TurnKey Linux Virtual Appliance Library

Converting a virtual disk image: VDI to VMDK to a raw loopback file you can mount

By default, VirtualBox creates virtual disk images in a special format called VDI, which is unique to VirtualBox. Disk images are stored in $HOME/.VirtualBox/HardDisks.

You'll need to convert VDI into another format if you want to run a VirtualBox VM on another virtualization platform, such as VMWare or KVM.

The VMDK virtual disk format is a good choice because even though it originated with VMWare it is supported by other virtualization platforms including VirtualBox and KVM.

VirtualBox enables the conversion using the low-level "VBoxManage clonehd" command:

VBoxManage list hdds # prints a list of disk image UUIDs
VBoxManage clonehd <UUID> -o converted.vmdk format VMDK
cd ~/.VirtualBox/HardDisks/
ls -la converted.vmdk

Once you have converted to VMDK you can use qemu-img, a tool bundled with qemu (KVM's virtualization backend) to further convert VMDK to other formats.

A particularly useful format to convert to is 'raw' which you can then mount as a loopback device:

apt-get install qemu
qemu-img convert -f vmdk converted.vmdk -O raw converted.raw
mount -o loop converted.raw /mnt

Ever had to convert between disk image formats? Post a comment!

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qcow2 for avoiding the size of a raw file

Just a note, but the biggest disadvantage is that raw will exctract a file that is the same size as the compressed drive onto your system. Usually the native file system has some compression but this is still a problem if you have 1000 gig disk images. 

A work-around is to use kvm-nbd or qemu-nbd which are part of the kvm package. This creates a network block device attached to a qcow2 image which you can mount instead of loop.  This will sve you the trouble of having a 1 TB file sitting on your drive.



Liraz Siri's picture

qemu-nbd looks very useful

Usually the filesystems we play with during appliance development are pretty small, so the size of a raw loopback file is manageable. For larger systems it can be a problem.

I haven't tried the nbd tool yet, but it sounds like a very useful trick. Might have other creative uses as well. Thanks for sharing!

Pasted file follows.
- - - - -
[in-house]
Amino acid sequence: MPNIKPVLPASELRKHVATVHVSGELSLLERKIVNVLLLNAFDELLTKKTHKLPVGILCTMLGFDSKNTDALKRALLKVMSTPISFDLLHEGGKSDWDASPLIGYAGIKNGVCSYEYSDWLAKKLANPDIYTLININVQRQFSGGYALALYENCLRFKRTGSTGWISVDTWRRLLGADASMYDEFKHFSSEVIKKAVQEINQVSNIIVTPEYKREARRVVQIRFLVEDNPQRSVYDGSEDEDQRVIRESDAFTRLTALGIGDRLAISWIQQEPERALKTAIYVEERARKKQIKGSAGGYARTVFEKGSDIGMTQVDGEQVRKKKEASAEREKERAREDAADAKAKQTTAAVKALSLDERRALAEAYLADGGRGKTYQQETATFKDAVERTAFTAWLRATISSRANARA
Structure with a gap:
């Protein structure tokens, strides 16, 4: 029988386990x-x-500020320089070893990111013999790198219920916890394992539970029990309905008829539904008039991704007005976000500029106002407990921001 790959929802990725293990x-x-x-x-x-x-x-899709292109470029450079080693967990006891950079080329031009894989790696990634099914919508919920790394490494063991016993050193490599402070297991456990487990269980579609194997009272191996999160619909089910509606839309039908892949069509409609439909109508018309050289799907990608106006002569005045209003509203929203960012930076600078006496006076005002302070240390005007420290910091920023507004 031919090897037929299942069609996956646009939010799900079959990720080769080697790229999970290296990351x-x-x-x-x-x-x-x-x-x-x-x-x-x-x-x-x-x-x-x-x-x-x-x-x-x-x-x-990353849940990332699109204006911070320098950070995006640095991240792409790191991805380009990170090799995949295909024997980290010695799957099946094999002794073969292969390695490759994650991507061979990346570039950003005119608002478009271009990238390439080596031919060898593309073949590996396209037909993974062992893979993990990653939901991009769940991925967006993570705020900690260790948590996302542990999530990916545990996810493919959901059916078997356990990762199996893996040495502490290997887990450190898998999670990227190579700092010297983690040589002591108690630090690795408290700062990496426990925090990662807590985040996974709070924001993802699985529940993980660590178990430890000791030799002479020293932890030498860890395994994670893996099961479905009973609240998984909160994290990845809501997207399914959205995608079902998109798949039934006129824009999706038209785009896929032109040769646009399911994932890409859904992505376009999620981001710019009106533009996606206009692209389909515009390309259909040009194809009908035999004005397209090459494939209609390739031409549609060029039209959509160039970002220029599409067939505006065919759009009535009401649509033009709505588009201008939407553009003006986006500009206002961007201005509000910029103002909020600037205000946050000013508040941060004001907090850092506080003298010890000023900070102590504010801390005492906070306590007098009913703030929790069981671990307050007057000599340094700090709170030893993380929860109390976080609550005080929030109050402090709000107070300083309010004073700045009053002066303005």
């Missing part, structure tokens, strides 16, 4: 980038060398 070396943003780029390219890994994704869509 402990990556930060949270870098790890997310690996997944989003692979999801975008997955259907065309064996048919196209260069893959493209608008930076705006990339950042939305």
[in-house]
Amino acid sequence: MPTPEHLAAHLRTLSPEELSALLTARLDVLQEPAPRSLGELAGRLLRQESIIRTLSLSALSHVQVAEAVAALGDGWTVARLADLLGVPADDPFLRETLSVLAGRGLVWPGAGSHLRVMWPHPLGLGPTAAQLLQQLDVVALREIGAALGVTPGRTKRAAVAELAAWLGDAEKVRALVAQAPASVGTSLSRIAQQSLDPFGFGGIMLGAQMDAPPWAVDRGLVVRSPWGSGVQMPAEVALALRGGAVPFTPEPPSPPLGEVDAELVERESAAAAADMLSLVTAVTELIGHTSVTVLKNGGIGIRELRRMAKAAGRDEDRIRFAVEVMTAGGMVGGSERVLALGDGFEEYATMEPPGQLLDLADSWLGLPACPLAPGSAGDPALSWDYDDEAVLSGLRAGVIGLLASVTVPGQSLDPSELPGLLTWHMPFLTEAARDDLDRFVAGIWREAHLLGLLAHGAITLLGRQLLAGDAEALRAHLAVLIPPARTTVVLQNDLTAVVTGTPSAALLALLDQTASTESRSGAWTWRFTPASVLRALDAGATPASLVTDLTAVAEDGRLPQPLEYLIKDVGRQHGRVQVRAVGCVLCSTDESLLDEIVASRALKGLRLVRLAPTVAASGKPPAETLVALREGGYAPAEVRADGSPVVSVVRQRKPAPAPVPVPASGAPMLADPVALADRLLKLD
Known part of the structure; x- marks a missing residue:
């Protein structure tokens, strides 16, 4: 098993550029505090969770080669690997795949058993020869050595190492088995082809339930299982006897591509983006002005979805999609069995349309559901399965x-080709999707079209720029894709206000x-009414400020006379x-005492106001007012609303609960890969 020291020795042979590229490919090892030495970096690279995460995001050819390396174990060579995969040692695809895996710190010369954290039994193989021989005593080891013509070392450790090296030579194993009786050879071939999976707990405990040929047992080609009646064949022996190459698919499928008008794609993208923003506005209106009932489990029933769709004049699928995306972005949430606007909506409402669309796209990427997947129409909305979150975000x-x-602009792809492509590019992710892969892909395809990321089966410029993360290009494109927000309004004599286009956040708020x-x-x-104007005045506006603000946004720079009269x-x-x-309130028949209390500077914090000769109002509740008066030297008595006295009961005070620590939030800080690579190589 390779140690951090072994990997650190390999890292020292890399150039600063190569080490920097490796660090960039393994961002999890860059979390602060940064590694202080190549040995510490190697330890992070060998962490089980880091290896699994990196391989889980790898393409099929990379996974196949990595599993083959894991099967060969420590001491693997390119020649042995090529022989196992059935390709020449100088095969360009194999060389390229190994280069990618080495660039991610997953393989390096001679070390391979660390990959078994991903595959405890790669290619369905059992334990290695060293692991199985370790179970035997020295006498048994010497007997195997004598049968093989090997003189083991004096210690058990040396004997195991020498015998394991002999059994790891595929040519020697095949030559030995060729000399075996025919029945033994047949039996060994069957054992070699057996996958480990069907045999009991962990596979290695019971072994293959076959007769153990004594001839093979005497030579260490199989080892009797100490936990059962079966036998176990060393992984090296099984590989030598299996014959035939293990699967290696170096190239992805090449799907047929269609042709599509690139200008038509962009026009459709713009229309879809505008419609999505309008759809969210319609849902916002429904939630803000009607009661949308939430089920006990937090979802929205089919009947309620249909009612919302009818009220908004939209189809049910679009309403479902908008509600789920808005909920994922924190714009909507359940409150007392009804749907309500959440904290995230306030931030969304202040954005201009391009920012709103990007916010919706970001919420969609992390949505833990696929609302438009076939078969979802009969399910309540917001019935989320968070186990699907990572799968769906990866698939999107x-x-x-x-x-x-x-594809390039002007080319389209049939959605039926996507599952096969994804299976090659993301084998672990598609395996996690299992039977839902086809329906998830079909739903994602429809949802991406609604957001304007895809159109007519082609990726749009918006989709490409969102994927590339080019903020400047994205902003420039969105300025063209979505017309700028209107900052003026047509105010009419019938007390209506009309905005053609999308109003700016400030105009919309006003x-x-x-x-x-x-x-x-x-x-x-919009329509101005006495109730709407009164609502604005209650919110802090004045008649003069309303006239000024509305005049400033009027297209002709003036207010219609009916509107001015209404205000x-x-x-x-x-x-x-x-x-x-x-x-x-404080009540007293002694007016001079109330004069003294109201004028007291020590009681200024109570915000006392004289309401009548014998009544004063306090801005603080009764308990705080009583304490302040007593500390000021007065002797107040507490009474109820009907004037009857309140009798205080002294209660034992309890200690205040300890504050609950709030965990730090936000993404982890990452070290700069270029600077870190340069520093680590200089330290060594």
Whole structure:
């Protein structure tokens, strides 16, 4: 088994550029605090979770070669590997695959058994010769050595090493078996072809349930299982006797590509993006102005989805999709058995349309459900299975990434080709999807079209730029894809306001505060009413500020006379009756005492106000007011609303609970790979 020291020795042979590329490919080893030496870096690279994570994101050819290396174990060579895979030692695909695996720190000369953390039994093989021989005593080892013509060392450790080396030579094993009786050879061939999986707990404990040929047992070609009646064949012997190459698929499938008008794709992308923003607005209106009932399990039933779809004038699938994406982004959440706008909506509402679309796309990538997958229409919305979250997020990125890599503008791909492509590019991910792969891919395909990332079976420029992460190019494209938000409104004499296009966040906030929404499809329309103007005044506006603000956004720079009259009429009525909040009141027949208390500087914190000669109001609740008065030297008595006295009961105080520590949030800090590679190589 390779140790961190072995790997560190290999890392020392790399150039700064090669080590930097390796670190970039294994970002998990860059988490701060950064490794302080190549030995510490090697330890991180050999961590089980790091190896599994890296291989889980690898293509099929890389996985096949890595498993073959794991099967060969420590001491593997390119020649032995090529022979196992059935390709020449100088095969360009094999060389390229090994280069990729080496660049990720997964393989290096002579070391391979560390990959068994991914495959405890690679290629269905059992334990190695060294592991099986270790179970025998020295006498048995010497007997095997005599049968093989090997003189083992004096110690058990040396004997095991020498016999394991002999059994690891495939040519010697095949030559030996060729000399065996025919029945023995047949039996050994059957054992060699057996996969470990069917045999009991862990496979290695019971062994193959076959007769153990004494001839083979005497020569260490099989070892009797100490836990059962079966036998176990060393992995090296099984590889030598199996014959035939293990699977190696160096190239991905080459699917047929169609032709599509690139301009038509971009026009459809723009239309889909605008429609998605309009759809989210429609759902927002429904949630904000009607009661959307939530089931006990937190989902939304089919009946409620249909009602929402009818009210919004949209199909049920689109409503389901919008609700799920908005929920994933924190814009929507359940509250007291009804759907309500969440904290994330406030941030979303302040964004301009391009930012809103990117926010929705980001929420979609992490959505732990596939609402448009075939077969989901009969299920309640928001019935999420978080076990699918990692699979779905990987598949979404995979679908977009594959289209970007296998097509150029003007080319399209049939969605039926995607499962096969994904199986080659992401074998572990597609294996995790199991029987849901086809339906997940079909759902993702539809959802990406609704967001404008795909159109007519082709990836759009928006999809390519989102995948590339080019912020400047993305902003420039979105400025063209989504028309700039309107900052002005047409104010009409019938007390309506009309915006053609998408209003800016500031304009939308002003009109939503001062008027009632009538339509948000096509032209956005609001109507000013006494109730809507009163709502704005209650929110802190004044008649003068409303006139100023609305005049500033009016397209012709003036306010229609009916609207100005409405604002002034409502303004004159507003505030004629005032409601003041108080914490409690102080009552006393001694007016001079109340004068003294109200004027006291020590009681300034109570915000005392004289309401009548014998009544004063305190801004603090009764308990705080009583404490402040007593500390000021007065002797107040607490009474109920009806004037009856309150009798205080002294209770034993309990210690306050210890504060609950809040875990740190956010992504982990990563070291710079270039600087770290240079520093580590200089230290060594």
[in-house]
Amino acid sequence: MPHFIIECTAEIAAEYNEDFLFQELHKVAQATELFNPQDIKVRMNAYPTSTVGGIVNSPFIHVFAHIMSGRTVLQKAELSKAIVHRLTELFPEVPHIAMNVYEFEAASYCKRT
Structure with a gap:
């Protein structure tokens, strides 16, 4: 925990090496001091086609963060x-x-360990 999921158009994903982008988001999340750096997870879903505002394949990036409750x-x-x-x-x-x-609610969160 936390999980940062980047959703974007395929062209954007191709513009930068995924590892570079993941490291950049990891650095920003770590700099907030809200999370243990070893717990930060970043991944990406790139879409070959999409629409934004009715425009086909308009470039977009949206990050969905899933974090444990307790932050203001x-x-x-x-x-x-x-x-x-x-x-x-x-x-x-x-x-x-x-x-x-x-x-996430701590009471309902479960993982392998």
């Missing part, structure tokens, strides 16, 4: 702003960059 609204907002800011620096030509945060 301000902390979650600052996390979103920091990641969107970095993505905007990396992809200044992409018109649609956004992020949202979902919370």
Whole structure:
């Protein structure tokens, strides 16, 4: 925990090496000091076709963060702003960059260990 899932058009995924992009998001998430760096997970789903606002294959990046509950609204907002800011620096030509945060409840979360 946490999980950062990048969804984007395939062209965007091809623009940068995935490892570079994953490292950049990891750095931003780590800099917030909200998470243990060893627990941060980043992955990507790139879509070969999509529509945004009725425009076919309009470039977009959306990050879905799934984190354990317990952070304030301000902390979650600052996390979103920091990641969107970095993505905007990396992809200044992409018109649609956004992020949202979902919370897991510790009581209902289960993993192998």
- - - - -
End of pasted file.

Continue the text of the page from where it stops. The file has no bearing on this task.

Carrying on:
PS: Sorry for the late response. We're in the middle of a development cycle and I'm spending most of my time offline.

It sometimes is handy to mount RAW images via loopback

 We can directly create RAW images with newer versions of VBoxManage clonehd <uuid>|<filename> <outputfile> [--format VDI|VDMK|VHD|RAW|<other>] ...

Though, I'm not sure what that <other> could be.


Yet another way

This way it should also work to directly convert VDI to (uncompressed) RAW:

VBoxManage internalcommands converttoraw file.vdi file.raw

Directly mounting a partition from inside a .vdi file: qemu-nbd

This post notes how to use qemu-nbd to directly get at the partitions in a .vdi file - no need to convert to vmdk first.


contingency plans for virtualbox

I am curious about <a href="http://blog.thehigheredcio.com/2011/08/25/vdi-and-business-continuity/">business continuity for virtual desktops</a> and what a VritualBox approach might be for comparison to other solutions.

Mount Dynamic VDI on CentOS

I run CentOS 5.5. My nbd kernel module does not support partitions, at least I don't see /dev/nbd0p1 etc., but do get a /dev/nbd0. Here are my commands:

# modprobe nbd

# qemu-nbd -c /dev/nbd0 <some-dynamic>.vdi

# mount -o loop,offset=32256 /dev/nbd0 /mnt/nbd0p1

That's it! The offset was found by looking at the starting sector in the fdisk output. It lists 63 in my case which is 63 * 512 = 32256 bytes.

mount -o loop,offset=32256 /dev/nbd0 /mnt/nbd0p1

another way to access the partitions in a raw disk is kpartx (Fedora)

# kpartx -a /dev/nbd0

one can now mount, use and eject the filesystems in nautilus

# kpartx -d /dev/nbd0

Simple solution

Having VirtualBox GUI installed, you need at least one VM to manage disks, then you can "Copy" VDI disk to VMDK.

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